Mass of an electron: 9x10e28 grams to Mass of the sun 2x10e33; range exceeds10e60
No way we can fit a range of 10e60 values in 8 bits, or even 32 bits. It would take about 200 bits.
So, we handle this in a computer the same way we do ourselves: scientific notation. Just translate the number into binary and represent it with a sign, an exponent, and a mantissa (fraction). We'll put all three parts in a single word (single precision), or in two words (double precision). The base will be fixed for all numbers, so there is no need to represent it explicitly.
The mantissa is typically represented in sign magnitude and normalized
so
that all of the positions can be used for precision.
Example using base 10:
6875 x 10e3 represented as 6.875 x 10e6 or .6875 x 10e7
The term floatingpoint is used because the position of the radix point is adjusted during computation to retain the normal form.
Example format:
 sign bit  7bit exponent  24bit fractional mantissa

Here is an intuitive way to convert a decimal value into a binary fraction.
Consider what the positions mean:
d1 d0 . d1 d2 d3 d4 d5 d6 d7 d8
2e1 2e0 . 2e1
2e2 2e3
2e4 2e5
2e6 2e7
2e8
2 1
. 1/2
1/4 1/8
1/16 1/32
1/64 1/128
1/256
. 128/256 64/256 32/256
16/256 8/256 4/256
2/256 1/256
In general, the fractional places will range from 1/2 to 1/(2eN), where N is the number of bits.
Procedure: express everything as a fraction of 2eN (here, 256), then use our conversion strategy for integers.
Convert .625: .625 = X/256; .625 * 256 = 160; .625 = 160/256.
We want to find which of the digits should be 1, such that those numerators
sum to 160.
160 = 128 + 32. So, .625 decimal = .10100000 binary.
Another example: .6875 using 4 bits.
The positions: . 1/2
1/4 1/8
1/16
. 8/16 4/16
2/16 1/16
Express .6875 as a fraction of 16: .6875 = 11/16.
So, .6875 in 4 bits is: .1011
100011.1011 = .1000111011 * 2e+6.
In our representation above:
 0  0000110  1000111011 
Obviously, there is a tradeoff between size (the more bits for the exponent, the larger the range of numbers) and accuracy (the more bits for the mantissa, the more significant digits can be represented).
In 7 bits, with an implied base of 2, we are limited to exponents between 64 to +63. This is not enough of a range.
If we can help it, we don't want to reduce the size of the mantissa field, because then we will lose accuracy.
What can we do?
Change the implied base to a larger power of 2 (4, 8, or 16, say).
Suppose the base is 16. Range roughly 10e76 to 10e76, while still using 7 bits for the mantissa.
Let's consider our example.
Unnormalized, we had 100011.1011
Normalize it:
.001000111011 * 16e2
Our floating point representation:
0  0000010  001000111011000000000000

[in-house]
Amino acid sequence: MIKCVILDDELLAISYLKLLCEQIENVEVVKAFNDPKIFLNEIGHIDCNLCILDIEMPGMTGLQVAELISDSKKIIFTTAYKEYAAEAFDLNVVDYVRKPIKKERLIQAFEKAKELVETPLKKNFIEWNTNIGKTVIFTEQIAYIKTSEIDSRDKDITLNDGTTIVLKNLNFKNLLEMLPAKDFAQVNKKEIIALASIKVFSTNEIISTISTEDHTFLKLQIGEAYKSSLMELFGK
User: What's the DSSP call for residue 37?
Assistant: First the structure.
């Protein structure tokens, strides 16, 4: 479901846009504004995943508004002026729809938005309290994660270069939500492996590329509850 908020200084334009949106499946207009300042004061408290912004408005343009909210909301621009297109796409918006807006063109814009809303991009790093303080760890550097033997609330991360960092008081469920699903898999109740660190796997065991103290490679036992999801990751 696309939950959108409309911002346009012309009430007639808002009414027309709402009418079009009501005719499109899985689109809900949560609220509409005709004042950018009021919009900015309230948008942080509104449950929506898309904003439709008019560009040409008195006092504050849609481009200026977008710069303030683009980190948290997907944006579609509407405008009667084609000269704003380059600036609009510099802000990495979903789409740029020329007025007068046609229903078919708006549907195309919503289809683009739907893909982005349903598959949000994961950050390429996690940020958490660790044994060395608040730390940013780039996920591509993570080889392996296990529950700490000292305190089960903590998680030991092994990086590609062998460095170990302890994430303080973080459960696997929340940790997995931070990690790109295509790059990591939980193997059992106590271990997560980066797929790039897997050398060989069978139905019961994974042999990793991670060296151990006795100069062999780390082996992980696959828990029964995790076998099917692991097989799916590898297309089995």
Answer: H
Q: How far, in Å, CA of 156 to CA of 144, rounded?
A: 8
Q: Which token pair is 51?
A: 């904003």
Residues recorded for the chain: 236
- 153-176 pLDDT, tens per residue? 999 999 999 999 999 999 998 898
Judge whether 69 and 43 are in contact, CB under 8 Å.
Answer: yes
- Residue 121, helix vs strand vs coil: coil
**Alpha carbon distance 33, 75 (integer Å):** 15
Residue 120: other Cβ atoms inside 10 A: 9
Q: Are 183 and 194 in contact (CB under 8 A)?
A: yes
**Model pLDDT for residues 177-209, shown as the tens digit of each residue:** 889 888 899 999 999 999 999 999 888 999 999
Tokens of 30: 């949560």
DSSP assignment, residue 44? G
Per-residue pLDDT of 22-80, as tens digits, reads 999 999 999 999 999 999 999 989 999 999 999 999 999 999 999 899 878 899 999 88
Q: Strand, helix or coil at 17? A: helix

Shifting the mantissa mantissa to perform normalization must take place in steps of 4bit shifts. A representation is now considered to be normalized if any of the leading 4 bits of its mantissa is 1. This is called Hexadecimal normalization.
So, what is the tradeoff of using the larger base? Extra range at the expense of precision. Even though 24 bits are still used for the mantissa, hex normalization allows the three leading bits of a mantissa to be 0s. So, in some cases, only 21 signficant bits are retained. equires I bits.
Another option: use base 2 and a phantom bit
If the base is 2, then the most signifiant bit of a normalized mantissa
is always 1. So, why store it? This way, you can get 24 bits
of precision in 23 bits, and use the extra bit for the exponent.
This simplifies the circuitry needed for comparing exponents.
Example: 0.00000101... * 16e3
Unnormalized:  1  0000011  00000101.... 
Normalized, base16 representation:
 1  0000010  01010000....

Represented in excess64, base16 representation:
 1  1000010  01010000...
Recall in base 10: 2.94 * 10e2 + 4.31 * 10e4 = 4.3394 * 10e4.
Add/subtract:
Multiply (Divide) :
The main criterion was to maximize precision while retaining a sufficiently large range.
Single precision (32 bits): 1 sign bit  8bit
exponent  23bit mantissa
Double precision (64 bits): 1 sign bit  11bit exponent
 52bit mantissa
Binary normalization (implied base is 2)
A phantom bit is used, so that 24 (53) bits of precision are represented
using 23 (52) bits.
The 8bit exponent is in excess127 representation, where E'=
0 and E'=255 are used to represent special values, such as exact 0 and
infinity.
E: 127 
126 127 
???
+127  +127
+127  +127
E'
0 
1 254
 255
Actually, a more precise version is the following. Recall that $FF_us = 255 and $FF_2c = 1:
E: 128
127  126
127 
+127 +127 
+127 +127 
E' 1
0 
1 254 
Where 1 ($FF) and 0 are the end values used to represent special values.